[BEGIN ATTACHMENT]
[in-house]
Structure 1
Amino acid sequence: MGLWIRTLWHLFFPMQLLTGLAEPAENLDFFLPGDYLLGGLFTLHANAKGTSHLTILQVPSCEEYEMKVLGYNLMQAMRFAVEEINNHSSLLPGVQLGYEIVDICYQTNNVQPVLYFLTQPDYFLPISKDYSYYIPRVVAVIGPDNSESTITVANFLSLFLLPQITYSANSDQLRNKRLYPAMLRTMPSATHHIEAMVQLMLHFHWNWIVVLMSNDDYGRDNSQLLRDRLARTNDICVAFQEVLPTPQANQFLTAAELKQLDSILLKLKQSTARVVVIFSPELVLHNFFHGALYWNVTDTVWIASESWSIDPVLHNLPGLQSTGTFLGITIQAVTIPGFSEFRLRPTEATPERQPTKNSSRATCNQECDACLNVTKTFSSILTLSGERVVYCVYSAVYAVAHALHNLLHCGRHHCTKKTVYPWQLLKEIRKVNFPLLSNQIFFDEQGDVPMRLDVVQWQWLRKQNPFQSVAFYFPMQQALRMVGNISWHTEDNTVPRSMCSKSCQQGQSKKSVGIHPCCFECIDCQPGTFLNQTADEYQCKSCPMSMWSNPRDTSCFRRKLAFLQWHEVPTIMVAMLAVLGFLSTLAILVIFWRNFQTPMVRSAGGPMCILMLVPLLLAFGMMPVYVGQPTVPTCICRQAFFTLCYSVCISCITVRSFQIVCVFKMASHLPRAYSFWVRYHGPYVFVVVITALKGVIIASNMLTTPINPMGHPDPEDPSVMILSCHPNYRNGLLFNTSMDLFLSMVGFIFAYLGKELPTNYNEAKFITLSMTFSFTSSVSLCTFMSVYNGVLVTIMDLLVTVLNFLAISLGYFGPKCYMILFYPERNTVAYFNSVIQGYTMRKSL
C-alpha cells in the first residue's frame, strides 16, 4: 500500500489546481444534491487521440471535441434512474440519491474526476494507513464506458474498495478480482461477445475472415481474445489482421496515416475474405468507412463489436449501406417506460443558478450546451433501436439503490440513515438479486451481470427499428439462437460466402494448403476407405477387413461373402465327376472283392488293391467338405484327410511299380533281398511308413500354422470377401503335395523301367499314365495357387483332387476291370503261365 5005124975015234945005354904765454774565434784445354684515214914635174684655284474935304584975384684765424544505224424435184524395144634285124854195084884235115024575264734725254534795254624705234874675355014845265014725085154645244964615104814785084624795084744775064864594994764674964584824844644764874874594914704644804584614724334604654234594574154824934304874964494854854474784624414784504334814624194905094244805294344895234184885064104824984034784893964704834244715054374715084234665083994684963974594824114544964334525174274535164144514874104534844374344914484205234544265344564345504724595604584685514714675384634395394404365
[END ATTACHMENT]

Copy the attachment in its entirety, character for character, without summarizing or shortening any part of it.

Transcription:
[in-house]
Structure 1
Amino acid sequence: MGLWIRTLWHLFFPMQLLTGLAEPAENLDFFLPGDYLLGGLFTLHANAKGTSHLTILQVPSCEEYEMKVLGYNLMQAMRFAVEEINNHSSLLPGVQLGYEIVDICYQTNNVQPVLYFLTQPDYFLPISKDYSYYIPRVVAVIGPDNSESTITVANFLSLFLLPQITYSANSDQLRNKRLYPAMLRTMPSATHHIEAMVQLMLHFHWNWIVVLMSNDDYGRDNSQLLRDRLARTNDICVAFQEVLPTPQANQFLTAAELKQLDSILLKLKQSTARVVVIFSPELVLHNFFHGALYWNVTDTVWIASESWSIDPVLHNLPGLQSTGTFLGITIQAVTIPGFSEFRLRPTEATPERQPTKNSSRATCNQECDACLNVTKTFSSILTLSGERVVYCVYSAVYAVAHALHNLLHCGRHHCTKKTVYPWQLLKEIRKVNFPLLSNQIFFDEQGDVPMRLDVVQWQWLRKQNPFQSVAFYFPMQQALRMVGNISWHTEDNTVPRSMCSKSCQQGQSKKSVGIHPCCFECIDCQPGTFLNQTADEYQCKSCPMSMWSNPRDTSCFRRKLAFLQWHEVPTIMVAMLAVLGFLSTLAILVIFWRNFQTPMVRSAGGPMCILMLVPLLLAFGMMPVYVGQPTVPTCICRQAFFTLCYSVCISCITVRSFQIVCVFKMASHLPRAYSFWVRYHGPYVFVVVITALKGVIIASNMLTTPINPMGHPDPEDPSVMILSCHPNYRNGLLFNTSMDLFLSMVGFIFAYLGKELPTNYNEAKFITLSMTFSFTSSVSLCTFMSVYNGVLVTIMDLLVTVLNFLAISLGYFGPKCYMILFYPERNTVAYFNSVIQGYTMRKSL
C-alpha cells in the first residue's frame, strides 16, 4: 500500500489546481444534491487521440471535441434512474440519491474526476494507513464506458474498495478480482461477445475472415481474445489482421496515416475474405468507412463489436449501406417506460443558478450546451433501436439503490440513515438479486451481470427499428439462437460466402494448403476407405477387413461373402465327376472283392488293391467338405484327410511299380533281398511308413500354422470377401503335395523301367499314365495357387483332387476291370503261365 5005124975015234945005354904765454774565434784445354684515214914635174684655284474935304584975384684765424544505224424435184524395144634285124854195084884235115024575264734725254534795254624705234874675355014845265014725085154645244964615104814785084624795084744775064864594994764674964584824844644764874874594914704644804584614724334604654234594574154824934304874964494854854474784624414784504334814624194905094244805294344895234184885064104824984034784893964704834244715054374715084234665083994684963974594824114544964334525174274535164144514874104534844374344914484205234544265344564345504724595604584685514714675384634395394404365